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I can’t help but feel that this Lawrence Arabia (surely not his real name!) is rather in thrall to David Byrne, both with and without his Talking Heads. And I don’t mean that in a bad way either, because this guy’s doing it very well and this is really soulful, catchy, lush minimal pop. Looking at the press release it would appear he’s had a little help from the talente ...

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REVIEWS

The Sparrow by Lawrence Arabia
1 review. Write a review for us »
8/10 ReviewBot300 Staff review, 11 July 2012

I can’t help but feel that this Lawrence Arabia (surely not his real name!) is rather in thrall to David Byrne, both with and without his Talking Heads. And I don’t mean that in a bad way either, because this guy’s doing it very well and this is really soulful, catchy, lush minimal pop. Looking at the press release it would appear he’s had a little help from the talented Connan Mockasin too, among others, which is pretty cool. There’s bit of a baroque, arranged feel with quite varied instrumentation which in places reminds me of the Divine Comedy a little...when it gets brassy in the likes of ‘Lick Your Wounds’ there’s more than a slight resemblance to Beirut too.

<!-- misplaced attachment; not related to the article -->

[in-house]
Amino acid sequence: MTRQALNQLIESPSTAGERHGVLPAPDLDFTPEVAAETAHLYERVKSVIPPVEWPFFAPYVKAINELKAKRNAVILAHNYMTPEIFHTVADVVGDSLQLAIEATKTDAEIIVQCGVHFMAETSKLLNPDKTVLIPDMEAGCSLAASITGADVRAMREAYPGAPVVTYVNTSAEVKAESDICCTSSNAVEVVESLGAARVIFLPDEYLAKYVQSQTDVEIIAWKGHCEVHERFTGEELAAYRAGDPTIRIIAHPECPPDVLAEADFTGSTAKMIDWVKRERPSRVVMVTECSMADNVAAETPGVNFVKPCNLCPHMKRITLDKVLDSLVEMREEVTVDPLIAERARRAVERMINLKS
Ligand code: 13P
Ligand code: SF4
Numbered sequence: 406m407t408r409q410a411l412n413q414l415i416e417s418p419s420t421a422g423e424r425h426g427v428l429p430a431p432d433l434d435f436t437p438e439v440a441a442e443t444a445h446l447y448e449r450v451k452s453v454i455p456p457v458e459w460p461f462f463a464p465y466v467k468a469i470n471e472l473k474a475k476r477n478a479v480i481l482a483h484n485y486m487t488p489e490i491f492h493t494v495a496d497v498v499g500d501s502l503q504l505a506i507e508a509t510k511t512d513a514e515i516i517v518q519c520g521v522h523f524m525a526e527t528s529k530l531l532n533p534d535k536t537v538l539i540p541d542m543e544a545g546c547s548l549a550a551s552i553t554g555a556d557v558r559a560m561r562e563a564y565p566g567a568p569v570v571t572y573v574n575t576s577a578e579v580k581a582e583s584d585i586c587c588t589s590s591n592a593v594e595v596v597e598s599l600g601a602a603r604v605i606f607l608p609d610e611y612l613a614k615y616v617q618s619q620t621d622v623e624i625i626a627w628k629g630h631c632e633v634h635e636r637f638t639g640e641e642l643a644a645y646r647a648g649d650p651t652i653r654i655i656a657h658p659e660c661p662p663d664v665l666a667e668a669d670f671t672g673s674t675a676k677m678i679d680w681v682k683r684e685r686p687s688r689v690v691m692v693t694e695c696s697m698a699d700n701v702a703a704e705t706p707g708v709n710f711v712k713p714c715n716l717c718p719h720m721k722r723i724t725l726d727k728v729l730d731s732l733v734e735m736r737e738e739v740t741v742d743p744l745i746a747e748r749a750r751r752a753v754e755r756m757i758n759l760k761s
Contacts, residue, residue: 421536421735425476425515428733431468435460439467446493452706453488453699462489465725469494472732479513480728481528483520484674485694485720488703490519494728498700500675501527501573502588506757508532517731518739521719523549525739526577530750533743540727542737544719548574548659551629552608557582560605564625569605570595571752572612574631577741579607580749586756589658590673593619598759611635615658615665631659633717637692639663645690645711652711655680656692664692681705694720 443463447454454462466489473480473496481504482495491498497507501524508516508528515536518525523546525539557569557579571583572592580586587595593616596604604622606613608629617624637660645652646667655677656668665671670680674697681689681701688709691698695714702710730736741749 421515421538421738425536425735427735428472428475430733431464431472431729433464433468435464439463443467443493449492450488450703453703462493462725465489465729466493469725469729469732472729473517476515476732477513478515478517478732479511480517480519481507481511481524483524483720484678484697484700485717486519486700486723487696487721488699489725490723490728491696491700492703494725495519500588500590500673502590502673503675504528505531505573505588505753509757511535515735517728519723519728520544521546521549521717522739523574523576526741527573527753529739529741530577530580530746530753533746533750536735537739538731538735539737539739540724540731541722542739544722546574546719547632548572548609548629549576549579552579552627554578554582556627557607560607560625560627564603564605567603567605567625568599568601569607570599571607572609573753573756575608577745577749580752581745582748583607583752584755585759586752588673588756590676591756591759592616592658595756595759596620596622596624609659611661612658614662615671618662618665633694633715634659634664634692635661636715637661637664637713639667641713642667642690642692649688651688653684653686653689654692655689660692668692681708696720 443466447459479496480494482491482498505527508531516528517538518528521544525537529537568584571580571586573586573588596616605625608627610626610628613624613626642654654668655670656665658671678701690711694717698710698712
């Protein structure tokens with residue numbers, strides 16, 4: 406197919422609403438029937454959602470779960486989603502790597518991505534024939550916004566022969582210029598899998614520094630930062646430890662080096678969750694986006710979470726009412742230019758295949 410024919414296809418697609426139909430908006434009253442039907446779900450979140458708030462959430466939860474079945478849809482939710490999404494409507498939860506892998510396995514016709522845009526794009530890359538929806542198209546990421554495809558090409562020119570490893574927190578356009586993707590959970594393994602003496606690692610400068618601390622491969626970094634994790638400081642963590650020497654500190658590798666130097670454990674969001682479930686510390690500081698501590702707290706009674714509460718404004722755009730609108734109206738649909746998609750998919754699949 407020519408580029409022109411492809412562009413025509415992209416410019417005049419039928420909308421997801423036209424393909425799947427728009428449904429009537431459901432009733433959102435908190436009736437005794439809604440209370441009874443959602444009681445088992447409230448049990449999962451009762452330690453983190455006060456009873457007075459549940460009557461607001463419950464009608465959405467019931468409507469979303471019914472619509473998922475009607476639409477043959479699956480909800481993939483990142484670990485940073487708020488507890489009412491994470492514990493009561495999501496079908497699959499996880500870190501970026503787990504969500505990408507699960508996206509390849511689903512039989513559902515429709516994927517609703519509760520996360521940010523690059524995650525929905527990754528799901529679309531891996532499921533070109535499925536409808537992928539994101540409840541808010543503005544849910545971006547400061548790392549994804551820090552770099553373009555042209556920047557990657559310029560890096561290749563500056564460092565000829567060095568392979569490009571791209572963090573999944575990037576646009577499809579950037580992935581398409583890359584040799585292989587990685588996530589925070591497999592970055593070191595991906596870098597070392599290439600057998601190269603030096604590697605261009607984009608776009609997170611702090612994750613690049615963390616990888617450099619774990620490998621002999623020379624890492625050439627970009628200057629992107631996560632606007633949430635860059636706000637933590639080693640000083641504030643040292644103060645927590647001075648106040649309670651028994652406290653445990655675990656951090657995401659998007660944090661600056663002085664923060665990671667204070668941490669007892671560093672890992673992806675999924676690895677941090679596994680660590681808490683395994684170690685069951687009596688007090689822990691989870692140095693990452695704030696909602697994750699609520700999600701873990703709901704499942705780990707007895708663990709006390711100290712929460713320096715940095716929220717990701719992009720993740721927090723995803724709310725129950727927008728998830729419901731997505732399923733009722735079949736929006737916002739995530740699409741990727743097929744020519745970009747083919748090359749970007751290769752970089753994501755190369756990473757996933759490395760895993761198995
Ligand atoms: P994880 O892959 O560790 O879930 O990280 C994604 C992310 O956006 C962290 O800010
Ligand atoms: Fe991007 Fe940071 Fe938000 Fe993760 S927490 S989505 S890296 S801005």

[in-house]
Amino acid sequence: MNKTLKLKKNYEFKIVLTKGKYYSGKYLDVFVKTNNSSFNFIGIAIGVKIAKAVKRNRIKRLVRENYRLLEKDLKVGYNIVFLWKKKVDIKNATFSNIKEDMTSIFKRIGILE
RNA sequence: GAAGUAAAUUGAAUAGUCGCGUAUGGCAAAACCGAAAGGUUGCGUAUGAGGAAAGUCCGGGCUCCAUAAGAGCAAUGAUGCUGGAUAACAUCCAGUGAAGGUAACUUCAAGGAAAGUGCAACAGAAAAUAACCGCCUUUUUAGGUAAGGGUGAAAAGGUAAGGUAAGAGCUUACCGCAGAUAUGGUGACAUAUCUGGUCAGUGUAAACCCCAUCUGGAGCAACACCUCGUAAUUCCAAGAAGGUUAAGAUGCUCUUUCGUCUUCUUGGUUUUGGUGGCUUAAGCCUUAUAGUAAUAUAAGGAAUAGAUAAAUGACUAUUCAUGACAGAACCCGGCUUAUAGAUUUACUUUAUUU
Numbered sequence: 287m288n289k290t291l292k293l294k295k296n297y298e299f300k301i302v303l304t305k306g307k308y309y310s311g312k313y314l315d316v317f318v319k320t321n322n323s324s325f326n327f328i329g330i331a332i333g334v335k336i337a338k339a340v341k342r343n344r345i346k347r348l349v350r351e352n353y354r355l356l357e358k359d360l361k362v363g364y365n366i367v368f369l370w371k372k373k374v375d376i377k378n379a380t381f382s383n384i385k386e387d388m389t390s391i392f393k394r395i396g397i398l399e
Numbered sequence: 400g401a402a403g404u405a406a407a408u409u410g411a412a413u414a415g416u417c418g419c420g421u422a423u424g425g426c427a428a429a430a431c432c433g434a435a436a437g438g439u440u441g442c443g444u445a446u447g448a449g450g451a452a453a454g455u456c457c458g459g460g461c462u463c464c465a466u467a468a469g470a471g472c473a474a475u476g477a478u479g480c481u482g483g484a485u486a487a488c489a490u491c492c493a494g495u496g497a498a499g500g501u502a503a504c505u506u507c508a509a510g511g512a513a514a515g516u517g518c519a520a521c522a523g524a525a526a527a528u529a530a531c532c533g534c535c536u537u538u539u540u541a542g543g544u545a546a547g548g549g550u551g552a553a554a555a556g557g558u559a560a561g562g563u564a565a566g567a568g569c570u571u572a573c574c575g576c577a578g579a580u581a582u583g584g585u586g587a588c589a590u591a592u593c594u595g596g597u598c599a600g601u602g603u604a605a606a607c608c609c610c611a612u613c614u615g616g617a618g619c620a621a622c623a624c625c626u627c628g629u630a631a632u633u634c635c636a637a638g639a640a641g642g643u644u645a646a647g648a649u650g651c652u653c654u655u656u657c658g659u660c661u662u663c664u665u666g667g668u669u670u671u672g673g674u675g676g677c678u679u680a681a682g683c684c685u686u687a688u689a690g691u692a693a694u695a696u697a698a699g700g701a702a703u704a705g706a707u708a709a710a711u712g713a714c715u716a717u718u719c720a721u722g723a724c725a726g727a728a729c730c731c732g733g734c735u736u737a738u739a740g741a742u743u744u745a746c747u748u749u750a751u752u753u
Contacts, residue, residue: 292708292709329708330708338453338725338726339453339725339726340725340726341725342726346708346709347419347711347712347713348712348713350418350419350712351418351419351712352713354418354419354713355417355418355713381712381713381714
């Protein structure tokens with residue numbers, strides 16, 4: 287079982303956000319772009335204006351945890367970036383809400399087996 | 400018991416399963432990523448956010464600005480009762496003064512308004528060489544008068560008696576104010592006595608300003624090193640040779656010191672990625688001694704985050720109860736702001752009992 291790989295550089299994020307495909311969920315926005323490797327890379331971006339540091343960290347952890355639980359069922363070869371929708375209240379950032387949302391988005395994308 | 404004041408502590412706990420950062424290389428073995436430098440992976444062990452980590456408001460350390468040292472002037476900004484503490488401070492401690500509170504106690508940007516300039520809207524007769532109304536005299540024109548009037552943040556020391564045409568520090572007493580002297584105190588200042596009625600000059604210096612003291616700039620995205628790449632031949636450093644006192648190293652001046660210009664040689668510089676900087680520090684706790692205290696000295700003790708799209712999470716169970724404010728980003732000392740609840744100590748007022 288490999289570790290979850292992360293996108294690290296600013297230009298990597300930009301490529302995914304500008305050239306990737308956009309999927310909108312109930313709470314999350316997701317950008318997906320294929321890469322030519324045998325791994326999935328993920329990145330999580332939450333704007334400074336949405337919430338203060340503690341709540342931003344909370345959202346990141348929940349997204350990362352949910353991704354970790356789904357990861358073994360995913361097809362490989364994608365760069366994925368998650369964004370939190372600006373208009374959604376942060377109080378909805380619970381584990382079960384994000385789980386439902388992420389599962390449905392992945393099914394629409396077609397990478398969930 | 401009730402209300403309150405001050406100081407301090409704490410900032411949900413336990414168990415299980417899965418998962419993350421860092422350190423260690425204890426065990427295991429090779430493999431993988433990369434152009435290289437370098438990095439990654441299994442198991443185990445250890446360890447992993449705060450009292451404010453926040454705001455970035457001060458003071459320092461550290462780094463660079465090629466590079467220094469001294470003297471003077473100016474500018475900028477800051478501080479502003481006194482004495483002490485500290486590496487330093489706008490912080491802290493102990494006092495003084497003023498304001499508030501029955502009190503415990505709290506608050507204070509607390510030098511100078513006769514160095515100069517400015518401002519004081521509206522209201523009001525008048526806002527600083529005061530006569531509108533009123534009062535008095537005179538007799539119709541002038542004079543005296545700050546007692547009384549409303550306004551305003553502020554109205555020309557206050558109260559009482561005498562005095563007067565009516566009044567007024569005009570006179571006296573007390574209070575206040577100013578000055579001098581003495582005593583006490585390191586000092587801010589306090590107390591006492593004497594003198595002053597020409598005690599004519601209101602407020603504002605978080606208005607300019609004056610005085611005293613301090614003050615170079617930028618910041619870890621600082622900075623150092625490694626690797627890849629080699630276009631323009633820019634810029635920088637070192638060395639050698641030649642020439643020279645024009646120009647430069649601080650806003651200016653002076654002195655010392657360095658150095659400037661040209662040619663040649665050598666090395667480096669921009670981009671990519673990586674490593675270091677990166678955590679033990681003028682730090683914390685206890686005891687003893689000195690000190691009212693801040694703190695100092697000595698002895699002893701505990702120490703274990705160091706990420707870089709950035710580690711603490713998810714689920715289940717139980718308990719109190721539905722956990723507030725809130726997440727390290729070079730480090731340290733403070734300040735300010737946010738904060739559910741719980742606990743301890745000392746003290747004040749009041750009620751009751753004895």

Generally speaking though, this is a selection of classy, shuffling pop gems with minimal orchestral arrangements which have enough detail and warmth in them to keep you entertained for days, although it’s the snappy Afro-inflected arranged wonky groove-pop that’s his real strength and when he gets mired down in the piano-led ballad ‘Bicycle Riding’ it does feel like a bit of a trudge, it’s certainly a relief at the end of the following track when there’s some filthily distorted violin screeching a la Dirty Three to scuzz things back up a little and keep things from straying too far into safe and boring territory, and then there’s the sinister spy-movie strings and bright, busy bass bounce of ‘Early Kneecappings’ and I feel like we’re back in business.

Over the course of the album in fact I’d say the aforementioned ‘Bicycle Riding’ is the only misstep, and it evolves through various styles of psychedelic arranged pop, with the Byrne flavour drifting in and out but always present, particularly in opener ‘Travelling Shoes’ and ‘The Bisexual’. It’s smooth, sensual, sophisticated and unusual music for fans of polished grown-up pop.




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